Housed at Cambridge University, the ALaSKA SDP Performance Prototype Platform has been quick to take advantage of the Big Data Cooperation Agreement signed over the summer with CERN. ALaSKA uses OpenStack to deliver a flexible but performant bare metal compute enviroment to enable SKA project scientists to experiment with and explore software technologies and make objective performance comparisons.
The ALaSKA system uses several OpenStack technologies that are already in full-scale production at CERN. Conversely, to develop ALaSKA's capability some advanced technologies have been developed by the StackHPC team managing ALaSKA. The CERN team have identified several areas where ALaSKA's experience can inform the ongoing development of CERN's compute infrastructure, particularly as they scale up to meet the challenges of the forthcoming high-luminosity upgrade.
Following the collaboration, on several occasions through the autumn CERN and SKA project staff have met to talk over the practical details of sharing effort, and StackHPC's team was delighted to participate in the discussions relating to OpenStack. These discussions led to a co-presentation at OpenStack Sydney by Stig and Belmiro Moreira, a Cloud Architect in the team at CERN.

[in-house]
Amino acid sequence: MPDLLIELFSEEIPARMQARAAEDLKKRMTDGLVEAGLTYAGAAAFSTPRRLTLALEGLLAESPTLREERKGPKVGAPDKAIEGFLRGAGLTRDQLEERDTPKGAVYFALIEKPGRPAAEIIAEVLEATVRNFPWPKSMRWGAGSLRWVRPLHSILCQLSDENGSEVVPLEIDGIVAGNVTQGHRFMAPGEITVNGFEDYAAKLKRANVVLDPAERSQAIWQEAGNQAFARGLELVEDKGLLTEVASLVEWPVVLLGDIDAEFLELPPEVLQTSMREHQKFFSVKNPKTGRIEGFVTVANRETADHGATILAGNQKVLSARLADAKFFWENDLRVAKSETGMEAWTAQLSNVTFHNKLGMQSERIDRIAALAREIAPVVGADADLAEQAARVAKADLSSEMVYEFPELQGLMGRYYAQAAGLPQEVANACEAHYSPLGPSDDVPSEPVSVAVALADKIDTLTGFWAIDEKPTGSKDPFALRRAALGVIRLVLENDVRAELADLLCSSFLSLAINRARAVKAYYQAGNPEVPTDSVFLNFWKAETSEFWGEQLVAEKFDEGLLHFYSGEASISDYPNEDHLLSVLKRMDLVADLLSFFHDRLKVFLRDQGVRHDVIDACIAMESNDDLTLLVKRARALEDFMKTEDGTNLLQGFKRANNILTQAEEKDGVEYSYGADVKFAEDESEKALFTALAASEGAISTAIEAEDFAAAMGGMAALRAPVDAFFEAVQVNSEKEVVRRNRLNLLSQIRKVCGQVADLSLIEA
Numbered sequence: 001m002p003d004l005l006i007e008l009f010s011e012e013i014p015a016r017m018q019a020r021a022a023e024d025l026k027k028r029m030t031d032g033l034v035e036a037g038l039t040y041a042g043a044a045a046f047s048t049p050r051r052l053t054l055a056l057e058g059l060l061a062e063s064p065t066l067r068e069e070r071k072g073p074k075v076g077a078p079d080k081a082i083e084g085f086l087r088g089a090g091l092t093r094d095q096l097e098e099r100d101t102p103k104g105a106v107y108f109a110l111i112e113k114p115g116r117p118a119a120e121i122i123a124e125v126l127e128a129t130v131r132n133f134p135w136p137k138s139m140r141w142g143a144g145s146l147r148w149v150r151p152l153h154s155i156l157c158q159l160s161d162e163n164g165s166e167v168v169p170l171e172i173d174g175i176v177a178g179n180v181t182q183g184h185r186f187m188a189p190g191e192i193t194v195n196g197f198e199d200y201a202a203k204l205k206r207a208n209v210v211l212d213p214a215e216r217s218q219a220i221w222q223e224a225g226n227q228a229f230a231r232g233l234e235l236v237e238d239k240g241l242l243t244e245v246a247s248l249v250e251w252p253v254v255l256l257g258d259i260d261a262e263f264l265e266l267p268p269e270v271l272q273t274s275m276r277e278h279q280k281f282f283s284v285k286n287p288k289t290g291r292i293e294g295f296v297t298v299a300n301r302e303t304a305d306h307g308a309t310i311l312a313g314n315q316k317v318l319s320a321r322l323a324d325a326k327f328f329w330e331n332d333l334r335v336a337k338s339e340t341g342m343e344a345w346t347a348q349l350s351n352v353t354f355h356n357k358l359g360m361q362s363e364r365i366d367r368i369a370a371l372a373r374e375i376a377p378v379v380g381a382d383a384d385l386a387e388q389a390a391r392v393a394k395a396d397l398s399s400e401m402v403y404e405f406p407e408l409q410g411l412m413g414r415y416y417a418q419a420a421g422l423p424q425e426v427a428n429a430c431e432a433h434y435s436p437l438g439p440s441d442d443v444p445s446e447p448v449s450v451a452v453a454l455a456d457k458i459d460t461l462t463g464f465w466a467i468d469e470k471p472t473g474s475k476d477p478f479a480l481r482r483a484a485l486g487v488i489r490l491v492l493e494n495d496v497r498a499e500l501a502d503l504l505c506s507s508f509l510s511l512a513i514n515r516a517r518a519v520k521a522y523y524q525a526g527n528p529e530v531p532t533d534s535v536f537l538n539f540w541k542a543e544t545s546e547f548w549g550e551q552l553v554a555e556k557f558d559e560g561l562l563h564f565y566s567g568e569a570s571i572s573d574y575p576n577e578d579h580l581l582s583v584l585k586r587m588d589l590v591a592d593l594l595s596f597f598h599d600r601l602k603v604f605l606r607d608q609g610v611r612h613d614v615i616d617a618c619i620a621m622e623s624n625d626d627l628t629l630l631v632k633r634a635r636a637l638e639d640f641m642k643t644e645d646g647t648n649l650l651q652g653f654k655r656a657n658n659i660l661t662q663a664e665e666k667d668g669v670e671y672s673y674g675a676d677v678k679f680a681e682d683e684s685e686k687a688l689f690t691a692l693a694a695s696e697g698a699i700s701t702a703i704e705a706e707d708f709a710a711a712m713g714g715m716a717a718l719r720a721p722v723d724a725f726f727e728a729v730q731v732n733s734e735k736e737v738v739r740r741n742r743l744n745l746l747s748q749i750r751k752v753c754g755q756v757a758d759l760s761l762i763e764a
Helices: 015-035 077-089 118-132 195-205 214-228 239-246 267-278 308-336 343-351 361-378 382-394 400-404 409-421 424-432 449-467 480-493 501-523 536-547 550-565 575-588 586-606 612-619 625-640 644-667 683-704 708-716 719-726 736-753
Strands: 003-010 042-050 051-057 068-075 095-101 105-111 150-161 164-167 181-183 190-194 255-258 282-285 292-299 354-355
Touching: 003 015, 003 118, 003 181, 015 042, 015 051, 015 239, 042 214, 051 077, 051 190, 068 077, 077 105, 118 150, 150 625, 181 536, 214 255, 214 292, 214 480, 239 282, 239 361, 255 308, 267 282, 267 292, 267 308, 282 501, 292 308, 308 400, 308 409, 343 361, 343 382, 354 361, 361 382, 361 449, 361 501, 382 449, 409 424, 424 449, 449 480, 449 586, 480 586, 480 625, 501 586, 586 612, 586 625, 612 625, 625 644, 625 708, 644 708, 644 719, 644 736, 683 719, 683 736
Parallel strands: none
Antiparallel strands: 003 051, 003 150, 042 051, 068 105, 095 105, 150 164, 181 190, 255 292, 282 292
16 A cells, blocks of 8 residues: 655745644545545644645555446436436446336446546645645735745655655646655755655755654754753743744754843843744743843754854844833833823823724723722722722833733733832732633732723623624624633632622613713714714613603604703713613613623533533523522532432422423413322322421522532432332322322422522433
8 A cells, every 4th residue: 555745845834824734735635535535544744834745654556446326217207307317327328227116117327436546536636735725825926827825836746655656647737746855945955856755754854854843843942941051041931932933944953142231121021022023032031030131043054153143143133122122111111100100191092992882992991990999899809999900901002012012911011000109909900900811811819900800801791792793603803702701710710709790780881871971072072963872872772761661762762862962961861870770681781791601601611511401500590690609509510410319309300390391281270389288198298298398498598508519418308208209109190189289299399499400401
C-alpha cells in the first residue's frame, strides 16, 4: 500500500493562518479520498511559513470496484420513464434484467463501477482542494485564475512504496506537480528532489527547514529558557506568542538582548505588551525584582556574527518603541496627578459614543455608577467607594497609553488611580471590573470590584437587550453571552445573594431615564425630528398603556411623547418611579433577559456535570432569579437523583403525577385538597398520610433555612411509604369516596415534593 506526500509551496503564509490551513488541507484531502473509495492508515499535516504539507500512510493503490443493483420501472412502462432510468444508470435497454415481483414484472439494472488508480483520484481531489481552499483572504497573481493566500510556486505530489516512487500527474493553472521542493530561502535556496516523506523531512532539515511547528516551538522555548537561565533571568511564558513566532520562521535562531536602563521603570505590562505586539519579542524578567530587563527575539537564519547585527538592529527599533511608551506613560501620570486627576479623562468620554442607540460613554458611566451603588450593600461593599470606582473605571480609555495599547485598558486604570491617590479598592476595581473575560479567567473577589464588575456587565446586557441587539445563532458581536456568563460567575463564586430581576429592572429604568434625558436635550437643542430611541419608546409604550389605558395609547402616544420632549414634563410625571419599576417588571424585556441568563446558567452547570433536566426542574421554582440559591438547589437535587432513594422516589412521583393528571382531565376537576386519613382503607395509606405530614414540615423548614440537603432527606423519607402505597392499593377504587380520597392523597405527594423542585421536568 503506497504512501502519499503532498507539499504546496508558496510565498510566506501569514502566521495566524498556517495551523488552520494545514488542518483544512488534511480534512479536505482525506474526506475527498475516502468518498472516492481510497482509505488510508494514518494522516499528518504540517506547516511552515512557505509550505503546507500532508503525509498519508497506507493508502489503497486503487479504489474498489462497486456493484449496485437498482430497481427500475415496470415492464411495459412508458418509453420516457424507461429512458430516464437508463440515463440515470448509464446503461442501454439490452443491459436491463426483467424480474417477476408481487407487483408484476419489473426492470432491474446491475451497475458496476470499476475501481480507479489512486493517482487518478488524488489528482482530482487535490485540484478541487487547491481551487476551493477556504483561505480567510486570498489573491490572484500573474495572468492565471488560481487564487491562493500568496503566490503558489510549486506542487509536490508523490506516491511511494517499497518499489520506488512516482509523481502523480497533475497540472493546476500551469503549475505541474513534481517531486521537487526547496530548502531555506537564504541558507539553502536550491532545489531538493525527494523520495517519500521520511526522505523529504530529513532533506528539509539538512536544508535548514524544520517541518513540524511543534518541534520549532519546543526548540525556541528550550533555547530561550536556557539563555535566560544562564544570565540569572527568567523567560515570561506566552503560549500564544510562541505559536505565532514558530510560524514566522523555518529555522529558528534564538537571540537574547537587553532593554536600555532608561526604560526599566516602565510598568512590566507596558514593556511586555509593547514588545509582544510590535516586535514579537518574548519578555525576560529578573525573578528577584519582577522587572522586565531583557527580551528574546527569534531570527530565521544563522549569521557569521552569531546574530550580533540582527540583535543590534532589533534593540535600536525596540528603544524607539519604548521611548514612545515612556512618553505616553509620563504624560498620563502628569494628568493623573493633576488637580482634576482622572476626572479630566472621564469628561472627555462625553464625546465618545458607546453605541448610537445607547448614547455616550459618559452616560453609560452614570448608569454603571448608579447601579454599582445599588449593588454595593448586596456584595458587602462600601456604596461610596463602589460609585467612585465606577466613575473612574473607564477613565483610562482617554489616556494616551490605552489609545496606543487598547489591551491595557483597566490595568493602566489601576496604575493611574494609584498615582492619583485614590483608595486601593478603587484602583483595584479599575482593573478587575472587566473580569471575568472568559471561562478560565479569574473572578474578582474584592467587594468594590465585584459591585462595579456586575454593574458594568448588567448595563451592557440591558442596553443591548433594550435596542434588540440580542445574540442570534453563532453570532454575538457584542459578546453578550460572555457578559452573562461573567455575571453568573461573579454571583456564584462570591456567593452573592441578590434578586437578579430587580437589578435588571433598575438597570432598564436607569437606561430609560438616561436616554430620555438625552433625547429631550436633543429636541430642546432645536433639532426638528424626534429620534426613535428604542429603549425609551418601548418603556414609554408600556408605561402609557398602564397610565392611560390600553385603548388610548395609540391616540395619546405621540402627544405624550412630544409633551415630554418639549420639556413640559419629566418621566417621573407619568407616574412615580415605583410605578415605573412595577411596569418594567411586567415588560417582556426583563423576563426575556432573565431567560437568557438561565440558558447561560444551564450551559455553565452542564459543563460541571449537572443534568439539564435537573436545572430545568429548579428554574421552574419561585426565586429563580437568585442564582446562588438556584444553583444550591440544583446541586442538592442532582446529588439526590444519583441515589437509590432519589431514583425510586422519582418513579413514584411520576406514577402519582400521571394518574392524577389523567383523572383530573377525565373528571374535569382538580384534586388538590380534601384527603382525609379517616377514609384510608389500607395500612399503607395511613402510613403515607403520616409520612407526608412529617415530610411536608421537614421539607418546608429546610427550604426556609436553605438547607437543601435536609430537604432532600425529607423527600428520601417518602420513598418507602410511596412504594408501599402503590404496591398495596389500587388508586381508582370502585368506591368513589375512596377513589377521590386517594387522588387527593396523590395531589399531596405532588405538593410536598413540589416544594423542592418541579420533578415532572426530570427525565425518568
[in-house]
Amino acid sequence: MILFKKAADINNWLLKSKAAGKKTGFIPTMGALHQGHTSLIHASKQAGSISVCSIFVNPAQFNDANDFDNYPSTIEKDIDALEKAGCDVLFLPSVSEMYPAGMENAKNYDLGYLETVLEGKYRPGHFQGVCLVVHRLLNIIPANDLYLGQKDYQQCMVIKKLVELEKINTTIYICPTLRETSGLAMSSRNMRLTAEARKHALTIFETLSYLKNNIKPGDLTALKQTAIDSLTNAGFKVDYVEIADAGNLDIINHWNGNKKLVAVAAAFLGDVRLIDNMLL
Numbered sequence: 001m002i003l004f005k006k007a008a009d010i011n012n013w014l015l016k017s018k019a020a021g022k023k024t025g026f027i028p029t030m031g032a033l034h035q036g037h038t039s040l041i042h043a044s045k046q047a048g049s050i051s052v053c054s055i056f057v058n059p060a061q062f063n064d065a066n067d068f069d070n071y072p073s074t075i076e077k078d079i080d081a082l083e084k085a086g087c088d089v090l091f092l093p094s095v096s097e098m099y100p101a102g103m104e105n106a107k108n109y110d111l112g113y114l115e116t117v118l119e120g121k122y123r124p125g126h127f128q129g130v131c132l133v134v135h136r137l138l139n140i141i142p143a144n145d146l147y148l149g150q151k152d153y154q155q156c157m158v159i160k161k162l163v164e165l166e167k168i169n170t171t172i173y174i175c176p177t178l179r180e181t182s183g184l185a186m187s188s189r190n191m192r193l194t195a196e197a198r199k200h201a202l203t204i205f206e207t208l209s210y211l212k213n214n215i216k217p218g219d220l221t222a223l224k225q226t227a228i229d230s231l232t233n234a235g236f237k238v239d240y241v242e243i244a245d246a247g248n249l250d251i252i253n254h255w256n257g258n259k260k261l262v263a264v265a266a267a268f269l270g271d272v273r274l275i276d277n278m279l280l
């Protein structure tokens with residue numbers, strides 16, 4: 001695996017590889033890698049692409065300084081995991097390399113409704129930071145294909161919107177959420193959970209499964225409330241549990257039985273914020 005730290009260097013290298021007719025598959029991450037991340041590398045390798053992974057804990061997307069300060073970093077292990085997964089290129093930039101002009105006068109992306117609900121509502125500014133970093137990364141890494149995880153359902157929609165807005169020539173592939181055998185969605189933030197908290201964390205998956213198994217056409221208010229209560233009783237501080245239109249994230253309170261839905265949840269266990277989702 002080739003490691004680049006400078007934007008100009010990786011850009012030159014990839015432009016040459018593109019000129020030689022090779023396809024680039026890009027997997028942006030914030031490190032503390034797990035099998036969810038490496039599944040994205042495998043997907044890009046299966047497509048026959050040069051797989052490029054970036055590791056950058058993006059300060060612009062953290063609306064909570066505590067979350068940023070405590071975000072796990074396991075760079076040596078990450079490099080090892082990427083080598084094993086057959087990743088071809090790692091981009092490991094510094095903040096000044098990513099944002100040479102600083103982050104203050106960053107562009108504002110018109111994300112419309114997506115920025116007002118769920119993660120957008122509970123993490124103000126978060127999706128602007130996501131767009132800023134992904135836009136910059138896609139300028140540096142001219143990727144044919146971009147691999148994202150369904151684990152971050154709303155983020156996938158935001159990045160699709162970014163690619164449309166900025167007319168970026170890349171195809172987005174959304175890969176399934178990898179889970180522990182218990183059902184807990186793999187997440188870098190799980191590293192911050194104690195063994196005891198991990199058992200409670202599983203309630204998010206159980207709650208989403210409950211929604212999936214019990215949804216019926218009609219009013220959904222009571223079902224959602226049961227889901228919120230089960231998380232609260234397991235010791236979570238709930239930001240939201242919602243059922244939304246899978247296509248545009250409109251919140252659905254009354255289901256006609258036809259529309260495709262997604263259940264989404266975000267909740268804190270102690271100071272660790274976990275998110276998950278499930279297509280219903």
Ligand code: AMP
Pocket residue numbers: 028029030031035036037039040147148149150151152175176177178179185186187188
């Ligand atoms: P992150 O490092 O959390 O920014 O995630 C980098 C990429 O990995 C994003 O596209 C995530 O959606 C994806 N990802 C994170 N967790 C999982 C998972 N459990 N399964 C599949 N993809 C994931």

Stig will also be elaborating on the same topic at the Research Councils UK Cloud Workshop 2018 at the Francis Crick institute in London on 8th January 2018.
Beyond meeting the goals of major flagship science programmes, this collaboration speaks to a wider unmet need among the growing Scientific OpenStack community for OpenStack infrastructure that enables the next generation of flexible HPC.
A number of key priorities have been identified so far:
- Using Ironic for infrastructure management.
- Better support for bare metal compute resources in Magnum.
- High performance Ceph, especially using RDMA-enabled interconnects.
- Intelligent worklaod scheduling in federated environments.
- Opportunistic "spot" instances and preemption in OpenStack.
Enter the Scientific SIG
The teams from CERN and the SKA see these issues as far from specific to their use cases, and are certainly not the only people around the world working on making OpenStack even better for research computing.
Through the Scientific SIG, the teams are starting to coordinate activities between themselves, and also with other research institutions active in the Scientific OpenStack community.
This open collaboration will be actively discussed during the Scientific SIG's scheduled session at the Project Teams Gathering (PTG), coming up in Dublin, February 26th - March 2nd 2018.